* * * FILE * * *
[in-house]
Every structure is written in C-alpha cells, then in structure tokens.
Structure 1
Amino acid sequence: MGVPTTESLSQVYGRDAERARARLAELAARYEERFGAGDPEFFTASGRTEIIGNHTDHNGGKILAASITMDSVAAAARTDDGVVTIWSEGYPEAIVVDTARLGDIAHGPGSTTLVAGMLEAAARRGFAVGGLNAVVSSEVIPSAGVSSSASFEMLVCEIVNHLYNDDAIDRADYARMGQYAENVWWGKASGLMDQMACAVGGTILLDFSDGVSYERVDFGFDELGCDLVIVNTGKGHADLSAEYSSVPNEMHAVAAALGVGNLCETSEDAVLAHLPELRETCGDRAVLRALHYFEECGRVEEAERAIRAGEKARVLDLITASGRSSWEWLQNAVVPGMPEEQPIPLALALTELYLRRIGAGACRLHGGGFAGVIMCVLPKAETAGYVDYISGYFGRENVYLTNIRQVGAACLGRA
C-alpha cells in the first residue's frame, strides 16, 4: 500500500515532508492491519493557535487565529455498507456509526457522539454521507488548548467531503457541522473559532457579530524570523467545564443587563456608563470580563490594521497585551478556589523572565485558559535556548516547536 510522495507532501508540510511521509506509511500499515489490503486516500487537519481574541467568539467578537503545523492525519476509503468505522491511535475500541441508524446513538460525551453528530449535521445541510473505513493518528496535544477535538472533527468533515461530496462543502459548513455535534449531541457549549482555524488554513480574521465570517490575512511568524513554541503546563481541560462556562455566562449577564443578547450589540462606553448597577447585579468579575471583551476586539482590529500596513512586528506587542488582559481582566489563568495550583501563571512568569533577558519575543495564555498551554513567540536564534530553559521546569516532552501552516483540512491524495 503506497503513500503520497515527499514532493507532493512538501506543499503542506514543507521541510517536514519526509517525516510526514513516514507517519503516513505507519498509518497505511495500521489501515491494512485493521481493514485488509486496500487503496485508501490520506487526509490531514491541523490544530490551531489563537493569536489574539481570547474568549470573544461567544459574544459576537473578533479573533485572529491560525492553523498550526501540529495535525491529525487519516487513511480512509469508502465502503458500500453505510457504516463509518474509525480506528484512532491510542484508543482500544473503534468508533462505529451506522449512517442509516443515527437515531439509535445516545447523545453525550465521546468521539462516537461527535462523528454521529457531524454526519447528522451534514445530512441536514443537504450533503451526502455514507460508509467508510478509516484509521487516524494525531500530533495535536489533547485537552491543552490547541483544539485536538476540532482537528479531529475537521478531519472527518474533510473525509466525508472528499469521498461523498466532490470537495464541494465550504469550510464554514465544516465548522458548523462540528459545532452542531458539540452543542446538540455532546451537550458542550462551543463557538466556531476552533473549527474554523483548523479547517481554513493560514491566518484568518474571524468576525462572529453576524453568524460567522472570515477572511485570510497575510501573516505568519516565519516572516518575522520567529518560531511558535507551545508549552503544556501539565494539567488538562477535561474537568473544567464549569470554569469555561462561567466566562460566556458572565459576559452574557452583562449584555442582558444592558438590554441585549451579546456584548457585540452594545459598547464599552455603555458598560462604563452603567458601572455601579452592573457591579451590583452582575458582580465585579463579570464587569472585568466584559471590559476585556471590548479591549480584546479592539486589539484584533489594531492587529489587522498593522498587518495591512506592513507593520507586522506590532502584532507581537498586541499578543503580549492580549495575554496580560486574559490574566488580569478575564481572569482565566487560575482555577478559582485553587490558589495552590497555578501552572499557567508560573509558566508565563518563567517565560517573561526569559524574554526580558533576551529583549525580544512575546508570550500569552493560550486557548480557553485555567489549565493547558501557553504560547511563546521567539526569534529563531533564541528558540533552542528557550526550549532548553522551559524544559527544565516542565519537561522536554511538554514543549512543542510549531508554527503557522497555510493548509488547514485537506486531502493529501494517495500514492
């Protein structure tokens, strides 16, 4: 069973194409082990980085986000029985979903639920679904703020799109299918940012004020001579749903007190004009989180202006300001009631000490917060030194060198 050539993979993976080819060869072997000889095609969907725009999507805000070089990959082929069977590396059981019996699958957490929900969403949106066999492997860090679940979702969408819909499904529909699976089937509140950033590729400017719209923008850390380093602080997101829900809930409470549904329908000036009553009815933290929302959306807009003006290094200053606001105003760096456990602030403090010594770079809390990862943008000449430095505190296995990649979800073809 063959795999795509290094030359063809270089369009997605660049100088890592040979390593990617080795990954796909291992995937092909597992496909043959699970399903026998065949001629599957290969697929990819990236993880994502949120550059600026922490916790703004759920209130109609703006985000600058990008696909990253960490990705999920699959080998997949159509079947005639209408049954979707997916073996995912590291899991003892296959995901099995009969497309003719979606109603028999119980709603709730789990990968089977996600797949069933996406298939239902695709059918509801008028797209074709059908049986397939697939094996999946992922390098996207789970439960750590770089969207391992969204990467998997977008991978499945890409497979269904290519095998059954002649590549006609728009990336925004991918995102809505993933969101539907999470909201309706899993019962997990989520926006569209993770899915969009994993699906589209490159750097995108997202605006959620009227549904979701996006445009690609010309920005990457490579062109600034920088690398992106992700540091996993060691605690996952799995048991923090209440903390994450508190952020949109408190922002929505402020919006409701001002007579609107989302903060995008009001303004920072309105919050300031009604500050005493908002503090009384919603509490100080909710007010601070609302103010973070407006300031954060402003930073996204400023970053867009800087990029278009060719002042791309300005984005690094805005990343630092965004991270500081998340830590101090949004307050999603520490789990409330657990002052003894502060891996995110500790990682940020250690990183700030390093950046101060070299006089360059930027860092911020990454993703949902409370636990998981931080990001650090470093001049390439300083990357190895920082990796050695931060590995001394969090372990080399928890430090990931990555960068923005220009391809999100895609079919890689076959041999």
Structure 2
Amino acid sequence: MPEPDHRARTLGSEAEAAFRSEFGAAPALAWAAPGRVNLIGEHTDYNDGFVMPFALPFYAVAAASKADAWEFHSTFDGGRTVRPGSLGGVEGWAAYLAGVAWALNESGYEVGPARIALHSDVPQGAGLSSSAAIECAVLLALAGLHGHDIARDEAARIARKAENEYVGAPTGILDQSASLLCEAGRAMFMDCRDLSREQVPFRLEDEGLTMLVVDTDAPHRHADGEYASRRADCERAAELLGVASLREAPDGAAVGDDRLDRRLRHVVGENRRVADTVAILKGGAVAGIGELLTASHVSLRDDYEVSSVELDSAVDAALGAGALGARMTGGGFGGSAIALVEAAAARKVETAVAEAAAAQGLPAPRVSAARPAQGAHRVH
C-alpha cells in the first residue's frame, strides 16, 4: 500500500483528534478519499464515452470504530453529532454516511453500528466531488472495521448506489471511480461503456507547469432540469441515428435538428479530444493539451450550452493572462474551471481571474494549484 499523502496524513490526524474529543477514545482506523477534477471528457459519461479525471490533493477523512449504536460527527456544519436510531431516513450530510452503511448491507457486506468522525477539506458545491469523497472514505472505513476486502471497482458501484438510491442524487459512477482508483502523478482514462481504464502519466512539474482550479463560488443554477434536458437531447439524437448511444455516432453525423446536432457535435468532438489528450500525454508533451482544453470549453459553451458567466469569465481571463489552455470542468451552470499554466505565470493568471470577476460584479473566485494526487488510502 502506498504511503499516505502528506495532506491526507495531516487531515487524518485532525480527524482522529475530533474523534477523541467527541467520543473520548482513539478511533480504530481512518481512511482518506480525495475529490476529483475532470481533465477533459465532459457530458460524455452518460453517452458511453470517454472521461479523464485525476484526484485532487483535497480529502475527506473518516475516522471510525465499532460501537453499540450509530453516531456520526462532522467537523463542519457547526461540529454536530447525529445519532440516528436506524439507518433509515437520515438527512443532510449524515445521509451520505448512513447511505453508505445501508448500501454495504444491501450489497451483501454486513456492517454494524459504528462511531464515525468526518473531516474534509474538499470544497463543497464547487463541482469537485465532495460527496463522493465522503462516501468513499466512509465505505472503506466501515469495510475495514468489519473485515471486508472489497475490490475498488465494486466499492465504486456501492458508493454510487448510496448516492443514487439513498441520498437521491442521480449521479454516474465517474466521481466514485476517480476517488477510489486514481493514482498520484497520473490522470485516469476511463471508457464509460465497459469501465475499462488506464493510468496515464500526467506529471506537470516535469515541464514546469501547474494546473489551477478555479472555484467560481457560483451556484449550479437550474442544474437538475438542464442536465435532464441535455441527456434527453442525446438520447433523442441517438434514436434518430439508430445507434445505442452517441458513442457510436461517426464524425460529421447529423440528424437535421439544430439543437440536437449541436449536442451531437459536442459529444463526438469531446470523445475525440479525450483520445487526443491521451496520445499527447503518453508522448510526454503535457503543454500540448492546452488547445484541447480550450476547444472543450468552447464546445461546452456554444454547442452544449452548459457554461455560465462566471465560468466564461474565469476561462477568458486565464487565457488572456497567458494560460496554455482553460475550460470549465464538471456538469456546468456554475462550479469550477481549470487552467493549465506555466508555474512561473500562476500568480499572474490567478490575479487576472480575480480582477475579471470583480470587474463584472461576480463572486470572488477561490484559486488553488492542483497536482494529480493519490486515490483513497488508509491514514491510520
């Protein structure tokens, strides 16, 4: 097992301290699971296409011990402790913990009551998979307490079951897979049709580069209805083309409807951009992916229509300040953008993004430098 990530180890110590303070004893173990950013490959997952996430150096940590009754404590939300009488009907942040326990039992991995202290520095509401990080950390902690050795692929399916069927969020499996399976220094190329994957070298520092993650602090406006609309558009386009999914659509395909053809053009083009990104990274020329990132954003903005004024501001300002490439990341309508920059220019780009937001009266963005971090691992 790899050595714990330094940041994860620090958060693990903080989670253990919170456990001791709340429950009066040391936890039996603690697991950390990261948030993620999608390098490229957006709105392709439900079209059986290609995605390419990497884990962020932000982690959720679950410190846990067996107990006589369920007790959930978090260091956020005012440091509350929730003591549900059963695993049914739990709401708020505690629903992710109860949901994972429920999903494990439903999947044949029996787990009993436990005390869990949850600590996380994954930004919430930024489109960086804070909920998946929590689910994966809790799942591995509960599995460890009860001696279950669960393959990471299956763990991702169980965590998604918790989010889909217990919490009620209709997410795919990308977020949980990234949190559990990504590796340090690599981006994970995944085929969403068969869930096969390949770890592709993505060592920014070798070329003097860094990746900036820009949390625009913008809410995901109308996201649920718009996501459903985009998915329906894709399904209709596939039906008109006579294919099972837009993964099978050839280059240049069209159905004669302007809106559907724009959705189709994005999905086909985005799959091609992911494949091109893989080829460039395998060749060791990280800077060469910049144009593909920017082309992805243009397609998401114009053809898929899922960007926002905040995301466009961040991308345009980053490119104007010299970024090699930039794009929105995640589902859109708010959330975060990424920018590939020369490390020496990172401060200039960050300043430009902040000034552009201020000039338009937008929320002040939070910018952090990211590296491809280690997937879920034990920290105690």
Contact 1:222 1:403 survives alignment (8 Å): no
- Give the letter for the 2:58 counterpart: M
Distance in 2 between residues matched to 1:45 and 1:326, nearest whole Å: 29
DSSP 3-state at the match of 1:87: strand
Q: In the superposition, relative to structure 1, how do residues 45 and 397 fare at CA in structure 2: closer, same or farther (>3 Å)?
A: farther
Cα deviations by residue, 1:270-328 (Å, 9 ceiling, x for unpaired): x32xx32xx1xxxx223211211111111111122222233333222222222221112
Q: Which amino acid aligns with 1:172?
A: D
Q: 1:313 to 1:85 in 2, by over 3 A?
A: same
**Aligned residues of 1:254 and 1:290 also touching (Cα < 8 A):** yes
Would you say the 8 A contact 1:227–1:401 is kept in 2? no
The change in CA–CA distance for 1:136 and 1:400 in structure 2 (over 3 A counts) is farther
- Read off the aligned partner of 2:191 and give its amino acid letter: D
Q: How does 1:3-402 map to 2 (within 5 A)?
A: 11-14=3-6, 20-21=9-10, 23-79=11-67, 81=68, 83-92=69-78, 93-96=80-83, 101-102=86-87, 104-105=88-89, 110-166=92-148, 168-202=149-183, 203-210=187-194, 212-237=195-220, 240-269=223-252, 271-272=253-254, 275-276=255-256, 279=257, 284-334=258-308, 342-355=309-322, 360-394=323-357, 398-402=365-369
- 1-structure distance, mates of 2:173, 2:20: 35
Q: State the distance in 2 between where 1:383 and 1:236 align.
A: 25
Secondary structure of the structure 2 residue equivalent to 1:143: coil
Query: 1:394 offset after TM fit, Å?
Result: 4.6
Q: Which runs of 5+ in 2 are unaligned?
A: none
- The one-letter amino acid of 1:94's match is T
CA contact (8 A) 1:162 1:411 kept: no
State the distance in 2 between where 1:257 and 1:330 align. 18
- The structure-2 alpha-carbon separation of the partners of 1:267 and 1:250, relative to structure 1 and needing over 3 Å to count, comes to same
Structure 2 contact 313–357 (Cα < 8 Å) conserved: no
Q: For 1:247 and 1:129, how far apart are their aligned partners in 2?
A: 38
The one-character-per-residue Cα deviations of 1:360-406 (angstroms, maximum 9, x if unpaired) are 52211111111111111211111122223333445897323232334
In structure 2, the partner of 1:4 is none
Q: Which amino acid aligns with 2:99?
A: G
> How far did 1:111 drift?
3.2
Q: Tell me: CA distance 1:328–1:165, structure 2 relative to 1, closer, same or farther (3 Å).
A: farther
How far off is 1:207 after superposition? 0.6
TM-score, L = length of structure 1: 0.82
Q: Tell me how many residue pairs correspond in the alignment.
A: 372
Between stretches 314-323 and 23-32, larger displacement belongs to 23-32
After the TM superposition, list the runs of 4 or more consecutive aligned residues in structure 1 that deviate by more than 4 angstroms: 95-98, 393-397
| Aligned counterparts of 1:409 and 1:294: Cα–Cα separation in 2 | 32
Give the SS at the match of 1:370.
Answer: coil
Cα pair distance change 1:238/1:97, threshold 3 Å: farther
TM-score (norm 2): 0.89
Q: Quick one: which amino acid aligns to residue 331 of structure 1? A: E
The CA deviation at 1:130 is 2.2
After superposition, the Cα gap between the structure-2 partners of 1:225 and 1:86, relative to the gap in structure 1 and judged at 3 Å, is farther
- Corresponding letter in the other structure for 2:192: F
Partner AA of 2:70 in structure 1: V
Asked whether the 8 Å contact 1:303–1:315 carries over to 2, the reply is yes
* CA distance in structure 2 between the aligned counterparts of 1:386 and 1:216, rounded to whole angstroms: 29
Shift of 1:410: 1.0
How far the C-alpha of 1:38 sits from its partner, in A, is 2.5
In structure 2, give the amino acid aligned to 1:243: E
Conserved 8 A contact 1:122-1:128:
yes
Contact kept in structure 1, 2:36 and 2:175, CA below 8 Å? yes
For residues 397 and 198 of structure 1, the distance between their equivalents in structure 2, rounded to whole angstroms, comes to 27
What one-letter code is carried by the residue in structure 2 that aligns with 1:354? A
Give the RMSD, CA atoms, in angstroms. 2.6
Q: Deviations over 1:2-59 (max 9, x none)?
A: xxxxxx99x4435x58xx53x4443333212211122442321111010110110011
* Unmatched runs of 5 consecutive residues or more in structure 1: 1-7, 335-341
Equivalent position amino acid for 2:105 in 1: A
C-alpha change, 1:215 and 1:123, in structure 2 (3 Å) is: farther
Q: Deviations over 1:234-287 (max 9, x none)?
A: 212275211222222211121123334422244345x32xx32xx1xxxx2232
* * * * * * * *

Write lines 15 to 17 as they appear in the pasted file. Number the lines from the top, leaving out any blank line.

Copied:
Q: In the superposition, relative to structure 1, how do residues 45 and 397 fare at CA in structure 2: closer, same or farther (>3 Å)?
A: farther
Cα deviations by residue, 1:270-328 (Å, 9 ceiling, x for unpaired): x32xx32xx1xxxx223211211111111111122222233333222222222221112